9
$\begingroup$

I was studying $L(x) = x \log x$ function and found that it satisfies the following functional equation for positive $x, y$: $$ f: \mathbb R^+ \to \mathbb R\\ f(xy) = x f(y) + y f(x) $$ I have a feeling that $L(x)$ is the only (up to multiplying by a constant term) solution to that equation. How do I show that?

$\endgroup$
  • $\begingroup$ Let $f(x)=x\log{x}$. Do I miss anything: $\sout{f(xy)=xy\log{xy}=xy\log{x}+xy\log{y}\neq x\log{y}+y\log{x}=xf(y)+yf(x)}$. Apologies.. $\endgroup$ – rafforaffo Jun 5 '15 at 8:23
  • 2
    $\begingroup$ @rafforaffo Nope. $xy\log x + xy\log y = y(x\log x) + x(y \log y) = yf(x) + xf(y)$. $\endgroup$ – Empiricist Jun 5 '15 at 8:24
  • $\begingroup$ And my previous comment is clearly false...apologies $\endgroup$ – rafforaffo Jun 5 '15 at 8:29
  • 1
    $\begingroup$ An operation that satisfies this (or rather $f(xy) = xf(y) + f(x)y$) is called a derivation. If $x$ and $y$ were themselves functions, then differentiation is one such operation. Not that it helps you much. $\endgroup$ – Arthur Jun 5 '15 at 8:31
  • $\begingroup$ @Arthur yes, noticed that too $\endgroup$ – uranix Jun 5 '15 at 8:33
11
$\begingroup$

Introduce a new function $g : \Bbb{R} \to \Bbb{R}$ by

$$g(x) = e^{-x} f(e^x).$$

Then satisfies the Cauchy's functional equation

$$g(x+y) = g(x) + g(y).$$

This equation is extensively studied, and even a mild regularity condition will force the solution to be of the form $g(x) = cx$. On the other hand, under the Axiom of Choice we can construct a solution which is not of this form.

$\endgroup$
  • $\begingroup$ I suppose, we wish to find continous solution $\endgroup$ – Michael Galuza Jun 5 '15 at 19:13
6
$\begingroup$

I suppose the function $f$ is differentiable. Let $y=1$, it is easy to check $f(1)=0$.

Then, $$\lim_{y\rightarrow 1}\frac{f(xy)-f(x)}{xy-x}=\lim_{y\rightarrow 1}\frac{xf(y)+yf(x)-f(x)}{xy-x}=\frac{f(x)}{x}+\lim_{y\rightarrow 1}\frac{f(y)-f(1)}{y-1}$$ We obtain a differential equation, $$f'(x)=\frac{f(x)}{x}+f'(1)$$ And it is easy to find the solution is $$f(x)=f'(1)xlnx$$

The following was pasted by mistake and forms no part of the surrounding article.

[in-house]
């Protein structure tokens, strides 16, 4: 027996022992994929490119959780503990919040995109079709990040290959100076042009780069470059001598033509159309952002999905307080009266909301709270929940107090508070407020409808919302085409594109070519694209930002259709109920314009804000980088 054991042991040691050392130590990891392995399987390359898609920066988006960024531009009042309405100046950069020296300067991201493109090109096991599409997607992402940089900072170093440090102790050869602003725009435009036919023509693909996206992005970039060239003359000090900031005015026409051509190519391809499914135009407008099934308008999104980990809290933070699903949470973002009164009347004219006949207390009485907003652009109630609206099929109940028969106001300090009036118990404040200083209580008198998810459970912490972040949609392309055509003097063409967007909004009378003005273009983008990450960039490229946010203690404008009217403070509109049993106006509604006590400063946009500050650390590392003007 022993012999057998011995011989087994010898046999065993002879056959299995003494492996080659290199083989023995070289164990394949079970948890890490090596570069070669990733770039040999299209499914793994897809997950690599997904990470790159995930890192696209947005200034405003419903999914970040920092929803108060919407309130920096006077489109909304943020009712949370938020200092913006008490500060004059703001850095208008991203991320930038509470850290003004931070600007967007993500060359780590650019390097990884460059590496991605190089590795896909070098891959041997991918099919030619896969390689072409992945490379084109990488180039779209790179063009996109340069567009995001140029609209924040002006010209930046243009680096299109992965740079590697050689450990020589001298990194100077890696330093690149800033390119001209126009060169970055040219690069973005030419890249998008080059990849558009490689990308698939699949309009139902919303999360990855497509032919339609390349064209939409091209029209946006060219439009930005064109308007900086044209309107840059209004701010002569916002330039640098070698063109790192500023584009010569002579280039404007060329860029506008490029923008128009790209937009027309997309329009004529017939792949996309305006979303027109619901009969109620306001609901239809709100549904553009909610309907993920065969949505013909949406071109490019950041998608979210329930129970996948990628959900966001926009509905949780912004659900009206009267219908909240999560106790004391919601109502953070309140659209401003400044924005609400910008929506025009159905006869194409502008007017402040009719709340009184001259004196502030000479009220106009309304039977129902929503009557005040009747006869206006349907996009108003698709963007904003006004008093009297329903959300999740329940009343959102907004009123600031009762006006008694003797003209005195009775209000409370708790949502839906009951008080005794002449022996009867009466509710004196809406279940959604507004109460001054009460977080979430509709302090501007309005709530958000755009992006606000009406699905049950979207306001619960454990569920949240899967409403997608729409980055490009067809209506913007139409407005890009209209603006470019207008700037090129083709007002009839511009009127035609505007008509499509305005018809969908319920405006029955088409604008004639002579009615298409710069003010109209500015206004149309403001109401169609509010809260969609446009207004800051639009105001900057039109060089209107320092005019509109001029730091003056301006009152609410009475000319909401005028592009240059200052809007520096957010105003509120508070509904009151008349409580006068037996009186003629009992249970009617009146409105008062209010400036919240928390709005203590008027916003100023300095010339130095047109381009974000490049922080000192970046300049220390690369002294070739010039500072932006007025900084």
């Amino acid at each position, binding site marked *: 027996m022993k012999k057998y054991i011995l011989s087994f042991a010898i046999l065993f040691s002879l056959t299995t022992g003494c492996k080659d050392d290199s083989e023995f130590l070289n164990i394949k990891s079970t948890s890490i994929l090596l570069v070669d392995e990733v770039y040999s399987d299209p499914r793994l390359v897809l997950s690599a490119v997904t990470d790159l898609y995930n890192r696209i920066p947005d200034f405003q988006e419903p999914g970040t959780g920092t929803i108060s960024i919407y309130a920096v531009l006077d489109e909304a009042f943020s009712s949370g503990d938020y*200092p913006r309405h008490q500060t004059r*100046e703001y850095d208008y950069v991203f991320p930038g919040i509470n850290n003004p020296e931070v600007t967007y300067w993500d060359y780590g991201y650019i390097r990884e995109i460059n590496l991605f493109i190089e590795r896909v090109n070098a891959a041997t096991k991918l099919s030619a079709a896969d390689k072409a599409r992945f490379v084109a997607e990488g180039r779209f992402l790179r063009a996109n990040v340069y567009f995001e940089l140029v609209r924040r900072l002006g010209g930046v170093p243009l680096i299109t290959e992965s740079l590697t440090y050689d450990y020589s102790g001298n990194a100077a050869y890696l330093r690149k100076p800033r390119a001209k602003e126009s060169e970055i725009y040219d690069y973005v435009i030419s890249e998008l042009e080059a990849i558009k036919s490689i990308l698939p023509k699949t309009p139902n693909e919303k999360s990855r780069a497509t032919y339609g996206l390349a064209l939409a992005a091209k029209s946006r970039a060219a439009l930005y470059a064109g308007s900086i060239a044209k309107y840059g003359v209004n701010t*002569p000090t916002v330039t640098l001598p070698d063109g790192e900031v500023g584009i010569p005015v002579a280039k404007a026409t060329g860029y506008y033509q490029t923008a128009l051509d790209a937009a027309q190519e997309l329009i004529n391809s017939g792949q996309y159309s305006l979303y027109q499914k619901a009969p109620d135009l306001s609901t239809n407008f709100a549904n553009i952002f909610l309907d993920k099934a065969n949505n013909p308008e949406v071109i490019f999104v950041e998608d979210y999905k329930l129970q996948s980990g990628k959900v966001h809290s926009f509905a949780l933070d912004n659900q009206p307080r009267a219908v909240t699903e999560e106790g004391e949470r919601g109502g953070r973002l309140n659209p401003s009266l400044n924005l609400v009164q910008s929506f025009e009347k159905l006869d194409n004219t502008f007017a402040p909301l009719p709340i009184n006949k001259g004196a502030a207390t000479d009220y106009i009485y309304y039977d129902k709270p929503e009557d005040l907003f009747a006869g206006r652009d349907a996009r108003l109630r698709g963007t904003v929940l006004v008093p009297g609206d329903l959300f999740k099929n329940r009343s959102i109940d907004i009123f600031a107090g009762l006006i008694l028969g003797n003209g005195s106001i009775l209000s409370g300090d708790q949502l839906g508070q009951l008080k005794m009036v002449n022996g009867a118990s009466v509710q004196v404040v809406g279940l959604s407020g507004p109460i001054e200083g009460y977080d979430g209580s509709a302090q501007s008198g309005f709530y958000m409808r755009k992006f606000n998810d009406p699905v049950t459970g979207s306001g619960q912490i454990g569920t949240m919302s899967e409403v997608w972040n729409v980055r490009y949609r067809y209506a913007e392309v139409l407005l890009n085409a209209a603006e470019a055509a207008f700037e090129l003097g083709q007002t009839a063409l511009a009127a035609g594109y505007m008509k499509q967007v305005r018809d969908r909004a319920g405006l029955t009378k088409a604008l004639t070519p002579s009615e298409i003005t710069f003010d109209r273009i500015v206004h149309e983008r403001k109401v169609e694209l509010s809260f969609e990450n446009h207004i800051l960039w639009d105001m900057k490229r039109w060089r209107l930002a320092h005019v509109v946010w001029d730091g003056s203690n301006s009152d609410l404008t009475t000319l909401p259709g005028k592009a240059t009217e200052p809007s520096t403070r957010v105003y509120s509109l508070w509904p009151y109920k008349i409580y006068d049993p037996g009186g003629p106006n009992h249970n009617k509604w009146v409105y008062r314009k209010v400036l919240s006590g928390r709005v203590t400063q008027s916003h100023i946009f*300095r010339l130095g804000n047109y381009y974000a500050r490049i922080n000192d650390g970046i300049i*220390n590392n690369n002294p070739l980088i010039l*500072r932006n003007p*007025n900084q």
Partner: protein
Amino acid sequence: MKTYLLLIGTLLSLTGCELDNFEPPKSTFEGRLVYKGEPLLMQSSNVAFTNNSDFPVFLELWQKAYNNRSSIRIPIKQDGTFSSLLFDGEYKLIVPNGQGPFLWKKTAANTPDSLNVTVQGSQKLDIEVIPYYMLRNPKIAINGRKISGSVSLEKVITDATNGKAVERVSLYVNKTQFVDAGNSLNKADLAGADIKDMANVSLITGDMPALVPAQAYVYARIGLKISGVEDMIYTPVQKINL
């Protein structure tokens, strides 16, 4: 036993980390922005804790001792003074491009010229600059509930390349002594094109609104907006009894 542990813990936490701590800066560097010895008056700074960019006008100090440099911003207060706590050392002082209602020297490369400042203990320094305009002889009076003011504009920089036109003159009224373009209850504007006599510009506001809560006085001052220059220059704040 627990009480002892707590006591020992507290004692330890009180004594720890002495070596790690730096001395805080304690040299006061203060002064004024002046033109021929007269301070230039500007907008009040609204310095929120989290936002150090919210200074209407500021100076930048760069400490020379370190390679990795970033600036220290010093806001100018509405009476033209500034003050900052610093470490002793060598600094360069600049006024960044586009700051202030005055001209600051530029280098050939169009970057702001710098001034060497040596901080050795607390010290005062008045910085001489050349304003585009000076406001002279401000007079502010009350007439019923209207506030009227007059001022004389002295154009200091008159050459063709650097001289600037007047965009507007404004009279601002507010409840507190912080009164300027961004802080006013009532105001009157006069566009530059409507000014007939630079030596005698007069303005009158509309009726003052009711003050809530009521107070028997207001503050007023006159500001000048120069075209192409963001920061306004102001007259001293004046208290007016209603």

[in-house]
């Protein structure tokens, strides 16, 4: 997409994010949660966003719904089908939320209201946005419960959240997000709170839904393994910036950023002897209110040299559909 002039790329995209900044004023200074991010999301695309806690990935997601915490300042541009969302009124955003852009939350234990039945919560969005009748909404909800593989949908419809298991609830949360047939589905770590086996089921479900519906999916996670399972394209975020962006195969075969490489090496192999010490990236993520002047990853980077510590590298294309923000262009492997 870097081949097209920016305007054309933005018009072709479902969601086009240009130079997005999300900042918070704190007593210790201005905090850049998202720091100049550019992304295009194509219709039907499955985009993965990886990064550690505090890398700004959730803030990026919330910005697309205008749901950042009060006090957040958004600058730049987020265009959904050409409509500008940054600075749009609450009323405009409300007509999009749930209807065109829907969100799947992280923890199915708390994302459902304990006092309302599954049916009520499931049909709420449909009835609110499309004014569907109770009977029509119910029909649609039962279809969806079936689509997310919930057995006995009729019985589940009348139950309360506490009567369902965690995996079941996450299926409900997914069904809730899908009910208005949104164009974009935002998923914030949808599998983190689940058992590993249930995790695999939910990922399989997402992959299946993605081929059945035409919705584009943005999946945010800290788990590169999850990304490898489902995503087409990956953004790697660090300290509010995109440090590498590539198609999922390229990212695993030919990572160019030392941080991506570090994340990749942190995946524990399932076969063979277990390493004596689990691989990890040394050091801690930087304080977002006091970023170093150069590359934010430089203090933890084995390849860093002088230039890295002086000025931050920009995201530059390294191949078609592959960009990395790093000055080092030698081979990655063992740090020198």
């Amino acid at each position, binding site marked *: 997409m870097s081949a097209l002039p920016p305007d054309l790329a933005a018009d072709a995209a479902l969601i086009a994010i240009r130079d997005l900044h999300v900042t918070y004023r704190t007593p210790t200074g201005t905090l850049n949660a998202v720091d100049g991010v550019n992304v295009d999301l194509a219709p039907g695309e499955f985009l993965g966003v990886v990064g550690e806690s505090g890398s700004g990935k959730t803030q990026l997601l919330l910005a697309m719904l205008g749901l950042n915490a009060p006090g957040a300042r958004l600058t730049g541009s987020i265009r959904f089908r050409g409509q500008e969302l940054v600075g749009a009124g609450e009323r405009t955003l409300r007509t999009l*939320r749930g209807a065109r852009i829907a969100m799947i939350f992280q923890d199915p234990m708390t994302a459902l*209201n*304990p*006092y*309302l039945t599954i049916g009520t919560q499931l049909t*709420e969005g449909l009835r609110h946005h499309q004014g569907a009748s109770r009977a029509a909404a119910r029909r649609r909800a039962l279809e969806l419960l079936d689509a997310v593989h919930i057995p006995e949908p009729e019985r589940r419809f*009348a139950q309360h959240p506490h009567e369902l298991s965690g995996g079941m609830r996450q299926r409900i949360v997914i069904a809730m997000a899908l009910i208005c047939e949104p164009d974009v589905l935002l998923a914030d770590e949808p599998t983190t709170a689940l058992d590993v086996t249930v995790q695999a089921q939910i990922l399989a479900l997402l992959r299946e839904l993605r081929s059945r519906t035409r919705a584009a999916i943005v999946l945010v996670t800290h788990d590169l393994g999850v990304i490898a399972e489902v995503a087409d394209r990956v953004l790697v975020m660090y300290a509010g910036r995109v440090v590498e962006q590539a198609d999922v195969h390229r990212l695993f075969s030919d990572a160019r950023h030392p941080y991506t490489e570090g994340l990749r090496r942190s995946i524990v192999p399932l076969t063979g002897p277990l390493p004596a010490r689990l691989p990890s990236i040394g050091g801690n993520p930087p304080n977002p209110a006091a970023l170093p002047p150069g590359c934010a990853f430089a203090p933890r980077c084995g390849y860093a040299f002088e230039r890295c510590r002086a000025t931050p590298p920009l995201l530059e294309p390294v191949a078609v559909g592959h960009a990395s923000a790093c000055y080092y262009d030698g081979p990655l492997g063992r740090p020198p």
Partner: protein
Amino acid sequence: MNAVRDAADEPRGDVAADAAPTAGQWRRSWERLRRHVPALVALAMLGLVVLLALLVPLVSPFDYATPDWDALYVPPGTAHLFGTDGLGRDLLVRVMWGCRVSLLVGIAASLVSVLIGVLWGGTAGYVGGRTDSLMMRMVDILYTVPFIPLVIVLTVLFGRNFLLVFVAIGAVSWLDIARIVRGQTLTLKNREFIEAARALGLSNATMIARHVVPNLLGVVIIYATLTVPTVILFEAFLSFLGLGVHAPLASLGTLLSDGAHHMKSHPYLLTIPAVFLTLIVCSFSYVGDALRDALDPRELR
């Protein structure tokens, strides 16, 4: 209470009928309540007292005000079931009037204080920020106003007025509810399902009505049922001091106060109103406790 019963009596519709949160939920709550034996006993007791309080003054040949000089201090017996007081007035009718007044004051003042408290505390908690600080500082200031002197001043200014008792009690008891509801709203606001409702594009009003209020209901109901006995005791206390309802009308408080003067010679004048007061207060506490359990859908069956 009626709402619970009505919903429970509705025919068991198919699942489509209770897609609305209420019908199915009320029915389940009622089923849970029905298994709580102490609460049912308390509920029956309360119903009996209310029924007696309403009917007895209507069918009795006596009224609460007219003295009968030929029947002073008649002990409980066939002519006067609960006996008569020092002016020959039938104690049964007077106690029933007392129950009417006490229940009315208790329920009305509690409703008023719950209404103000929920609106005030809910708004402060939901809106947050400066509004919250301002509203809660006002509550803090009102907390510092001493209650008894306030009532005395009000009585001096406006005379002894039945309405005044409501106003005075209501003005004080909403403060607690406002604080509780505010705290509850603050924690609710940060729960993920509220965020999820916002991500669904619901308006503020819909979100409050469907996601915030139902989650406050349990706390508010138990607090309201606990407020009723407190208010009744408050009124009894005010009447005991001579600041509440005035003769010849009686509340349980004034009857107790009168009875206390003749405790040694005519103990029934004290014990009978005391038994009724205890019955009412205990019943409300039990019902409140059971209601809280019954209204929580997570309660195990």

$\endgroup$
  • $\begingroup$ I had a similar solution by setting $x=x$ and $y=1+\frac{h}{x}$ and then defining derivative and taking limit. $\endgroup$ – Mann Jun 5 '15 at 9:55
5
$\begingroup$

Since the domain of $f$ is $\Bbb R_+$, we get an equivalent condition by dividing both sides by $xy$, namely $$\frac{f(xy)}{xy} = \frac{f(x)}{x} + \frac{f(y)}{y}.$$ By definition, this holds iff the function $$g(x) := \frac{f(x)}{x}$$ satisfies $$g(xy) = g(x) + g(y);$$ a function that satisfies this latter property is called additive.

Now, any monotonic additive function on $\Bbb R_+$ is a multiple of $\log x$ (this can be found at Dieudonné, Jean (1969). Foundations of Modern Analysis 1. Academic Press. p. 84.). So, if we require this condition on $g$, we have $$g(x) = C \log x$$ and hence $$f(x) = C x \log x$$ as desired.

On the other hand, not all additive functions are monotonic, so there are functions $f$ that satisfy the function equation but which are not of the indicated form.

$\endgroup$
  • $\begingroup$ Both papers you've provided are about arithmetic functions, i.e. defined on $\mathbb{N}$ $\endgroup$ – uranix Jun 5 '15 at 8:56
  • $\begingroup$ @uranix Oops, you're right, I've replaced the reference. $\endgroup$ – Travis Willse Jun 5 '15 at 9:21
3
$\begingroup$

In addition to William Huang solution, here's what i tried.

First note that $f(1)=0$ and $f(0)=0.$

Now let us set $x=x$ and $y=1+\frac{h}{x}$

Which will give us, $f(x+h)=xf\left(1+\frac{h}{x}\right)+\left(1+\frac{h}{x}\right)f(x)$

Which simplifies to, $$\frac{f(x+h)-f(x)}{h}=\frac{x}{h}f\left(1+\frac{h}{x}\right)+\frac{f(x)}{x}$$.

Now, taking limits we will have.

$f'(x)=L+\frac{f(x)}{x}$

Where $$L=\lim_\limits{h\to 0}\frac{f\left(1+\frac{h}{x}\right)}{\frac{h}{x}}$$ , which is of form $\frac{0}{0}$. Hence we can apply lhopitals rule to see that $L=f'(1)$.

Hence $f'(x)=f'(1)+\frac{f(x)}{x}$

Yet the solution to which is, $f(x)=f'(1)x \ln x$

$\endgroup$

Your Answer

By clicking “Post Your Answer”, you agree to our terms of service, privacy policy and cookie policy

Not the answer you're looking for? Browse other questions tagged or ask your own question.